Four burners heat six pots
when the niece comes in to make
macaroni for the youngest ones
whose urgent hunger cider and celery
cannot satisfy.  A lump in the potatoes
proves they’re real.  The masher
blames distractions, so many
people in the kitchen. The gravy maker
stays focused while other pans
change places, the drawer
at his elbow opens, closes, opens.

First published in The Broken City, thebrokencitymag.org, 2013

There is much to be thankful for, even in 2020.

Just Ten More Days

1 Comment

to order my new chapbook, TRANSPORTED with Finishing Line Press:

Here’s a sample poem, which focuses on the after: the effect on my life of the travels when I was twelve:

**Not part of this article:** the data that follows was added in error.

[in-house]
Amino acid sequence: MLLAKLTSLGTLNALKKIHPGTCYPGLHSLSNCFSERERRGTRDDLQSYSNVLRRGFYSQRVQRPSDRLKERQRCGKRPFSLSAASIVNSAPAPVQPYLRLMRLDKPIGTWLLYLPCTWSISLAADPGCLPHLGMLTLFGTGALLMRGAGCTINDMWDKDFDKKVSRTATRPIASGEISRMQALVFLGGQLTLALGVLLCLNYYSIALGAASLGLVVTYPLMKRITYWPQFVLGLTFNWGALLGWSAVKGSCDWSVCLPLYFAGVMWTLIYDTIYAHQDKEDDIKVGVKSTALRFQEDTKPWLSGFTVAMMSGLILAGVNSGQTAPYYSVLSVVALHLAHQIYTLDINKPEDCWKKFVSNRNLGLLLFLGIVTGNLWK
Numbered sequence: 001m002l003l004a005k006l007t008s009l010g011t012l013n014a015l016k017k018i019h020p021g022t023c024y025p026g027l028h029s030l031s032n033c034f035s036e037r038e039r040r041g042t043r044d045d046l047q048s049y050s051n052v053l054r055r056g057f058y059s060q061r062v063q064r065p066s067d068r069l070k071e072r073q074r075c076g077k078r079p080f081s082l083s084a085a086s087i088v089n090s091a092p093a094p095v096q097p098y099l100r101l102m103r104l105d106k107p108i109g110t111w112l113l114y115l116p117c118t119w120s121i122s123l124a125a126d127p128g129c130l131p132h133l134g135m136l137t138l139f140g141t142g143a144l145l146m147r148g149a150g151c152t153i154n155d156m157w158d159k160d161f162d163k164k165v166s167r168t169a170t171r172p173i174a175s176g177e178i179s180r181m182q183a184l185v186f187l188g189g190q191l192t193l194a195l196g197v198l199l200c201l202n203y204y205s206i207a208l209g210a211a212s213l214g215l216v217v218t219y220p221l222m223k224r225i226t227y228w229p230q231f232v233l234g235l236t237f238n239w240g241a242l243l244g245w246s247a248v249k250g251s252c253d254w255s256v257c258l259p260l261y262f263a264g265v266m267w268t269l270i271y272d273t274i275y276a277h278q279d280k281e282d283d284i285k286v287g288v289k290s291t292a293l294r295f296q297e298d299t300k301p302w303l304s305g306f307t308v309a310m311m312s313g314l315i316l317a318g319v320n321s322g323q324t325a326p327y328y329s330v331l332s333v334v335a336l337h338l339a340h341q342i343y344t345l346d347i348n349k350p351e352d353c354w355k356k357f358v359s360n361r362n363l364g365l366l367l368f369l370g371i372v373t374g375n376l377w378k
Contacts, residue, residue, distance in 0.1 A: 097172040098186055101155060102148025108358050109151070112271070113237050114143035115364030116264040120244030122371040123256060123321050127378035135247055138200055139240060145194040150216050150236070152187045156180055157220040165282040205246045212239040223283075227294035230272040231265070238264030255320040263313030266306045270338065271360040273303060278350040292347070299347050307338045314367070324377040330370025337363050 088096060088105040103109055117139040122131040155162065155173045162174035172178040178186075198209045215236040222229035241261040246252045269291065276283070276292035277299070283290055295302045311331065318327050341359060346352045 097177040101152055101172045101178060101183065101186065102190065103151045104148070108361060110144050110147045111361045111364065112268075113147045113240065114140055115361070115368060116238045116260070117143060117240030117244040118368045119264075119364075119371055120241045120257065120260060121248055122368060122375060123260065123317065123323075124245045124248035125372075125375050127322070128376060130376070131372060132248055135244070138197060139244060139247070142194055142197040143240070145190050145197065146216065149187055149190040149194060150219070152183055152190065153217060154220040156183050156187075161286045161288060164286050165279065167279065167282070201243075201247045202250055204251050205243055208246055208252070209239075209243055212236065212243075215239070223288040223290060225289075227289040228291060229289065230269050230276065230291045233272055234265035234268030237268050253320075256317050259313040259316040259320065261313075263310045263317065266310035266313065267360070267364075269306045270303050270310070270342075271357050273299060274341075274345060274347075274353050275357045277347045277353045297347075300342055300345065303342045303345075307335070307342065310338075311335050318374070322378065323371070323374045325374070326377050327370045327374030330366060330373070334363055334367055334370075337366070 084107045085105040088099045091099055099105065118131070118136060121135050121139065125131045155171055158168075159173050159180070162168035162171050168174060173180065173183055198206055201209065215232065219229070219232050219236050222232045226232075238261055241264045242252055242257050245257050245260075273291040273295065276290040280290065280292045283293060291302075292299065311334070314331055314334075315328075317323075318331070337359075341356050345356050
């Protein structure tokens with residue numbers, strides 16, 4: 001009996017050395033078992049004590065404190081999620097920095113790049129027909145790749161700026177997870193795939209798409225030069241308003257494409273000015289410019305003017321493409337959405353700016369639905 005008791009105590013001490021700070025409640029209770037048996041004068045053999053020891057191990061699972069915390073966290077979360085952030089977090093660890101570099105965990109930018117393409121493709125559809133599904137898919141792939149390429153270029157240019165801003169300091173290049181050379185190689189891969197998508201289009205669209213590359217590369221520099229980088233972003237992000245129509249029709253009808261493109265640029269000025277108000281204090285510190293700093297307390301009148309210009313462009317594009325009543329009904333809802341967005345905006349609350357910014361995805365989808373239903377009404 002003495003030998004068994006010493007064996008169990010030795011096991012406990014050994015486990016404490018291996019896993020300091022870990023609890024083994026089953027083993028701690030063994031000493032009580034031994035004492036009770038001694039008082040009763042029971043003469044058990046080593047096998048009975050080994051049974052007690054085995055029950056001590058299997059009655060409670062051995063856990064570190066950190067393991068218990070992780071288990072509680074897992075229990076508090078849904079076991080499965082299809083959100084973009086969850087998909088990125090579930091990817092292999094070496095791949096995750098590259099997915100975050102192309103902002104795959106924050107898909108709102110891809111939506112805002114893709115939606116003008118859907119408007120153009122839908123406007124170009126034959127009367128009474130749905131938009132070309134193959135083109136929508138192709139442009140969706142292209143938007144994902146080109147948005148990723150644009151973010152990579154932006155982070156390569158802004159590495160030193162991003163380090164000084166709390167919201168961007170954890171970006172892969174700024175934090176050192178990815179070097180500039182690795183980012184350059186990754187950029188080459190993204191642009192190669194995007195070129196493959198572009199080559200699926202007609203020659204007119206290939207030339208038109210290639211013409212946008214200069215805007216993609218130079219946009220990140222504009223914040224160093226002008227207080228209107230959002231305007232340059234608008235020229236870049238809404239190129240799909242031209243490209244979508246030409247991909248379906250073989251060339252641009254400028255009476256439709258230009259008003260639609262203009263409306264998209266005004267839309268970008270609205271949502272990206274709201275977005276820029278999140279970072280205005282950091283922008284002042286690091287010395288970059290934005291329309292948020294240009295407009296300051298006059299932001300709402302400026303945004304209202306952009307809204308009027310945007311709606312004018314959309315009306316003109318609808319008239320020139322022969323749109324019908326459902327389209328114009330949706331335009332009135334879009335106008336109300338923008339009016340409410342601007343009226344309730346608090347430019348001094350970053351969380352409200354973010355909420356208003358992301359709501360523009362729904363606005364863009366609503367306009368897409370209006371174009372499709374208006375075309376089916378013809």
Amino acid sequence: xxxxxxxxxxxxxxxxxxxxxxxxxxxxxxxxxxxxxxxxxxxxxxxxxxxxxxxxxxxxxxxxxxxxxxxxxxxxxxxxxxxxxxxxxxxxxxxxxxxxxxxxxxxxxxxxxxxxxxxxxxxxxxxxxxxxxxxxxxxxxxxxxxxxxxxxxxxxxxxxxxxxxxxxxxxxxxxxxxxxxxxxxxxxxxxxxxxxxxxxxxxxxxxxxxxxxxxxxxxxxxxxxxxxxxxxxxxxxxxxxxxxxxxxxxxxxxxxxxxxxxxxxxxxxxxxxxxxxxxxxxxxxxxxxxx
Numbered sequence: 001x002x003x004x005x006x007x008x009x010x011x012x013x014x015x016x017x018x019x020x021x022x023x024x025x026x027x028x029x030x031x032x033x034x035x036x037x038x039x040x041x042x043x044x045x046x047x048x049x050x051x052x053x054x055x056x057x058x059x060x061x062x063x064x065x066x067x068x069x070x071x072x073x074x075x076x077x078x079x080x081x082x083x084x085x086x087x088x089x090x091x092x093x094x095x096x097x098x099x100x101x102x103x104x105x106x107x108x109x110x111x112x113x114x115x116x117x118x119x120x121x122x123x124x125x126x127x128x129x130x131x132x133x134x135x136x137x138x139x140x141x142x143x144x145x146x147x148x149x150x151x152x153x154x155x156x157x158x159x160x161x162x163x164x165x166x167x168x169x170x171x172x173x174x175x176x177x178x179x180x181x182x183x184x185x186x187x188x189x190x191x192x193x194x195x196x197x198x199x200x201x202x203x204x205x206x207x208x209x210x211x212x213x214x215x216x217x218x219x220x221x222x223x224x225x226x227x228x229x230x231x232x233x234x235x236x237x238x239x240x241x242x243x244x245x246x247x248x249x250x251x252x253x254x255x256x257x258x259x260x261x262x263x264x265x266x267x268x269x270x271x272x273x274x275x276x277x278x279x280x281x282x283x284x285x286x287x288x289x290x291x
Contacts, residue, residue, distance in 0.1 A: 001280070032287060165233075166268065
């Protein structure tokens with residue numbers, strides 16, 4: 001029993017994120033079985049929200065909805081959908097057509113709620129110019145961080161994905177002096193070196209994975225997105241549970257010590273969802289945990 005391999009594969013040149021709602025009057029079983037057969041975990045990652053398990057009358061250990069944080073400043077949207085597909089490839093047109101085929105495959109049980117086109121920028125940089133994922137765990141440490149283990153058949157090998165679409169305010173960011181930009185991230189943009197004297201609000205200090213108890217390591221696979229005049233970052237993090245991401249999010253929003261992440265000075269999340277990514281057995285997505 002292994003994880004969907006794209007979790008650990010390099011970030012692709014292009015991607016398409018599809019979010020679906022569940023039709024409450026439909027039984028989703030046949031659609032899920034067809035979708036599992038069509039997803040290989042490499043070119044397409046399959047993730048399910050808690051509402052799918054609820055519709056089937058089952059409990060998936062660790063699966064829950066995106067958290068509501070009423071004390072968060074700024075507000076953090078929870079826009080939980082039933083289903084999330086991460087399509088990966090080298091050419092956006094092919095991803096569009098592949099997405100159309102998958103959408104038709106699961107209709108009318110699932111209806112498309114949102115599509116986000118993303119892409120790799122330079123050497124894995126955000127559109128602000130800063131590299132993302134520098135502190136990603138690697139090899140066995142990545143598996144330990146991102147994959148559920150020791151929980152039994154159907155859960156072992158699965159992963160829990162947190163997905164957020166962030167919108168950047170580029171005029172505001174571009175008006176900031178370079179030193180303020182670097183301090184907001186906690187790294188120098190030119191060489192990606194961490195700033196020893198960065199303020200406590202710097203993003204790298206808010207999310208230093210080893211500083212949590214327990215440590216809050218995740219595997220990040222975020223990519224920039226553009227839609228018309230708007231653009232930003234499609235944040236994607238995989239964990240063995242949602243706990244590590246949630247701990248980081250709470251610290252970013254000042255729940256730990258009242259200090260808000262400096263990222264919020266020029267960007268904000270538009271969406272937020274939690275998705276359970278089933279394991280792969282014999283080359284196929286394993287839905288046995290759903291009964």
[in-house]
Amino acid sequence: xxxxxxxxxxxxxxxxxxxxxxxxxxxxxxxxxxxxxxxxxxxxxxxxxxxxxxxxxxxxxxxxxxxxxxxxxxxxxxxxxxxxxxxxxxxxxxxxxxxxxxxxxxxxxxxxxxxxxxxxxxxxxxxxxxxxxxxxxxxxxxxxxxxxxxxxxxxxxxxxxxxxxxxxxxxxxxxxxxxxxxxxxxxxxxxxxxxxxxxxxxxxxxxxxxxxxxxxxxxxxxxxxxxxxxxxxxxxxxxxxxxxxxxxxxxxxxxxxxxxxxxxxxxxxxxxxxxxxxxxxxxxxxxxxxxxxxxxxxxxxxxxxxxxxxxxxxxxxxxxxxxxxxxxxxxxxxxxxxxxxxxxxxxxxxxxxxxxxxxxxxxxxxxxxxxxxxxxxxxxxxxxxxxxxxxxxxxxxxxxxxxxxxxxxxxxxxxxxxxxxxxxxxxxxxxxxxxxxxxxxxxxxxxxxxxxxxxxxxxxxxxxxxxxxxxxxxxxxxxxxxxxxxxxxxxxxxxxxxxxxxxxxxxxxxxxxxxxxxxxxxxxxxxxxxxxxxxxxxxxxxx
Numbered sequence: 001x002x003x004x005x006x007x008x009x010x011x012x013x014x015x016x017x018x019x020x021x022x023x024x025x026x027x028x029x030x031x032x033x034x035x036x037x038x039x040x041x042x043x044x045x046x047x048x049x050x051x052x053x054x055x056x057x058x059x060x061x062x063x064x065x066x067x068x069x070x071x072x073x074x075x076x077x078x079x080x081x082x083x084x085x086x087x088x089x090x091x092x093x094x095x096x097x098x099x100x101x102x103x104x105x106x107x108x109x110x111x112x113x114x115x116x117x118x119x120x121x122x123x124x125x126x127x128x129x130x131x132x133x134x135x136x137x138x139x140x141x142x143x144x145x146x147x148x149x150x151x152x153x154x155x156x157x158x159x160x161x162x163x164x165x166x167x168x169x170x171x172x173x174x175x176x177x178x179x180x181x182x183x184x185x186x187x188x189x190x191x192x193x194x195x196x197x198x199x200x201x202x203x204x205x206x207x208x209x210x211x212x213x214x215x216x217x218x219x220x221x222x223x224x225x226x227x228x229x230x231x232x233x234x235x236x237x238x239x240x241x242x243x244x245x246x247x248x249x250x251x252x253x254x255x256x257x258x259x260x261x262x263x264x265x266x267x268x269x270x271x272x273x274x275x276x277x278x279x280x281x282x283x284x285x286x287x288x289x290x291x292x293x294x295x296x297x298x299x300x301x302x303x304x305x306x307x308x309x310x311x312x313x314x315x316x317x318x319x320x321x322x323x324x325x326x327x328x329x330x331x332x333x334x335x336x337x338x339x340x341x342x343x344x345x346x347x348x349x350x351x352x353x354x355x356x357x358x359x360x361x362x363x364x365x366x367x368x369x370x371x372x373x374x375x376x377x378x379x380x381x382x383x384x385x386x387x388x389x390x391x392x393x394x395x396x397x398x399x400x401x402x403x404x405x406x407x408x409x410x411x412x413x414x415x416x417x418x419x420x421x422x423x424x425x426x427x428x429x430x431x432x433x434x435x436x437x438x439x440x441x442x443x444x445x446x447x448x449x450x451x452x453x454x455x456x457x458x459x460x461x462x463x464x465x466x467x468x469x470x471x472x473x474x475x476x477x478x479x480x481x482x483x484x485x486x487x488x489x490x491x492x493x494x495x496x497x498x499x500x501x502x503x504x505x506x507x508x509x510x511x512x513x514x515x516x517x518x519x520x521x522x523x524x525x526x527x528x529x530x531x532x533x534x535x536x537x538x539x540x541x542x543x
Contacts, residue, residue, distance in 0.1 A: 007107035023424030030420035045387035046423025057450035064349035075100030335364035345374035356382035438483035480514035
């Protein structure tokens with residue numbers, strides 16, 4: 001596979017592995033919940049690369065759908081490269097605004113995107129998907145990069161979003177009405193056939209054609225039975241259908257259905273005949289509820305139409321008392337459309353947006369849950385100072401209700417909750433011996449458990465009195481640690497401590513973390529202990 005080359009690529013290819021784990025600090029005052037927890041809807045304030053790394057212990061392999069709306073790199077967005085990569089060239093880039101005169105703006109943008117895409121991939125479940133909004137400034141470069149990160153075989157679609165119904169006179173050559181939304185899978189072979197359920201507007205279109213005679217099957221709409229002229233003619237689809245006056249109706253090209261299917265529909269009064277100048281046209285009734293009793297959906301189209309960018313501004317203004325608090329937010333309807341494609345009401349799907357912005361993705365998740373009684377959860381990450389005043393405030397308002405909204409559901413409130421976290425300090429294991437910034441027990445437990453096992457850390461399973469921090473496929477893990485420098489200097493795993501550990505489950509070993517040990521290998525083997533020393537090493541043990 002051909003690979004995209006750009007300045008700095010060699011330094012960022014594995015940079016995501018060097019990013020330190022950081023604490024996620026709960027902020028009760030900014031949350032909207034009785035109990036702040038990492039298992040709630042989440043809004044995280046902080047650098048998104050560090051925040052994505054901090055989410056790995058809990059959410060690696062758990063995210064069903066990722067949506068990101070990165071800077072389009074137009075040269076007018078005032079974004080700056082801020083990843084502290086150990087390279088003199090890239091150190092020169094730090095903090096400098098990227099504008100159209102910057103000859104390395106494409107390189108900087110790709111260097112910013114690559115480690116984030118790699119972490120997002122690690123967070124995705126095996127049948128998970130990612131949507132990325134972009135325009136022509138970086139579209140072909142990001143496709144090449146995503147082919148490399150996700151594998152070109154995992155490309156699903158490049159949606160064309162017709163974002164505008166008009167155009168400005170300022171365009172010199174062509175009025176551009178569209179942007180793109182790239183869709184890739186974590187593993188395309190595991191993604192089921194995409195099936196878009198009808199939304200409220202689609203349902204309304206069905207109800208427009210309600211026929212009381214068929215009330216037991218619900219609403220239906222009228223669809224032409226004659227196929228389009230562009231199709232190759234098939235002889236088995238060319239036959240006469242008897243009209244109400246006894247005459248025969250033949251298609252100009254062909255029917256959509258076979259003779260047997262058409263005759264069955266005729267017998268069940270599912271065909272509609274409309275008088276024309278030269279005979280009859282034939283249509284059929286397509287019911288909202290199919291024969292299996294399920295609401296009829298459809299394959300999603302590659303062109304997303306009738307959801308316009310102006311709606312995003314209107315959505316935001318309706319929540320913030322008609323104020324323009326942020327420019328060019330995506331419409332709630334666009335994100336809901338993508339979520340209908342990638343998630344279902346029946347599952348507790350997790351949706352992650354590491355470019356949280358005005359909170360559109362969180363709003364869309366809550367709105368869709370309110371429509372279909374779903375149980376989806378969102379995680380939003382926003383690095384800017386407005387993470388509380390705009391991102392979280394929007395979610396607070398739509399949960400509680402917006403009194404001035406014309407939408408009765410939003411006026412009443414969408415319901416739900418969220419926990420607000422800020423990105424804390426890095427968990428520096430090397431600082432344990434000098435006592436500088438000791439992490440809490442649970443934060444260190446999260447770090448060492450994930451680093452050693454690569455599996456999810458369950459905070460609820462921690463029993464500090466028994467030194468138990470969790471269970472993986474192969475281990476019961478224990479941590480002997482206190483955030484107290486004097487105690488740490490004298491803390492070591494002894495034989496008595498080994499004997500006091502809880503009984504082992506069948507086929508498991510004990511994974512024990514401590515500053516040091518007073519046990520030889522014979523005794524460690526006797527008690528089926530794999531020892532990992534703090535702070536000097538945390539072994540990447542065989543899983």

Greece

A school year in Egypt,
most of the next
in Rome, but it was Greece
that grabbed and held me.
In three weeks Athens’ high
templed hill, ruined porches
of the Agora, theater of Dionysus,
tucked themselves into memory
like a candle-filled side chapel
that roused my senses
in the cathedral called Europe
so packed with past centuries
it overwhelmed. 
                                    I left
to become an American teen,
romantic, imagining gold
jewelry, Latin lovers.
Greek stones pulled me back.

Greece was my field of study for years, and the fascination with times past has continued into the present.  Before Greece, there were ancient Egyptian hieroglyphs, as I explain in “Beginnings”:

Everywhere mysterious signs.  Baffled
by Arabic script I copied the crisp symbols of antiquity:
            n, the running river,
            alef, the vulture
            m, the owl.